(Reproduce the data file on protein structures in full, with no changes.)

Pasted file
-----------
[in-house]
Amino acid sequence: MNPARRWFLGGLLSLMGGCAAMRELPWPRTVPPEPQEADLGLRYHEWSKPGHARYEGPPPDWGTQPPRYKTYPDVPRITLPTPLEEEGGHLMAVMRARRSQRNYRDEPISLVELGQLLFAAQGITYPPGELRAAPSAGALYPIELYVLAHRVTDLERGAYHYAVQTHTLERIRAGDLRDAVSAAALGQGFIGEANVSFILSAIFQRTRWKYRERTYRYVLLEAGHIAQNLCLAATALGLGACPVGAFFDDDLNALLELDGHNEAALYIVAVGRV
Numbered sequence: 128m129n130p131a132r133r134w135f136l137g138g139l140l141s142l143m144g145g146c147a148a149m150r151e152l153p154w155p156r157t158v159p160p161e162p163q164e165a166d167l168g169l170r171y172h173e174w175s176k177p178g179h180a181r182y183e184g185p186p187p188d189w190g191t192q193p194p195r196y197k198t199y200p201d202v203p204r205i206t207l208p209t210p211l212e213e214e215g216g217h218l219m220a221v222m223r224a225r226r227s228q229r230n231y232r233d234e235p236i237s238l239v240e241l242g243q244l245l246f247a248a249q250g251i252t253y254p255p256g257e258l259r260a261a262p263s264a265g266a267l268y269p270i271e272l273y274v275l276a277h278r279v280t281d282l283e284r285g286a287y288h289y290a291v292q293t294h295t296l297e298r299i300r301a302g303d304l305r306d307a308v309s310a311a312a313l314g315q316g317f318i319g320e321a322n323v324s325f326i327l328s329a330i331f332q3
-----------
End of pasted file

[in-house]
Amino acid sequence: MNPARRWFLGGLLSLMGGCAAMRELPWPRTVPPEPQEADLGLRYHEWSKPGHARYEGPPPDWGTQPPRYKTYPDVPRITLPTPLEEEGGHLMAVMRARRSQRNYRDEPISLVELGQLLFAAQGITYPPGELRAAPSAGALYPIELYVLAHRVTDLERGAYHYAVQTHTLERIRAGDLRDAVSAAALGQGFIGEANVSFILSAIFQRTRWKYRERTYRYVLLEAGHIAQNLCLAATALGLGACPVGAFFDDDLNALLELDGHNEAALYIVAVGRV
Numbered sequence: 128m129n130p131a132r133r134w135f136l137g138g139l140l141s142l143m144g145g146c147a148a149m150r151e152l153p154w155p156r157t158v159p160p161e162p163q164e165a166d167l168g169l170r171y172h173e174w175s176k177p178g179h180a181r182y183e184g185p186p187p188d189w190g191t192q193p194p195r196y197k198t199y200p201d202v203p204r205i206t207l208p209t210p211l212e213e214e215g216g217h218l219m220a221v222m223r224a225r226r227s228q229r230n231y232r233d234e235p236i237s238l239v240e241l242g243q244l245l246f247a248a249q250g251i252t253y254p255p256g257e258l259r260a261a262p263s264a265g266a267l268y269p270i271e272l273y274v275l276a277h278r279v280t281d282l283e284r285g286a287y288h289y290a291v292q293t294h295t296l297e298r299i300r301a302g303d304l305r306d307a308v309s310a311a312a313l314g315q316g317f318i319g320e321a322n323v324s325f326i327l328s329a330i331f332q3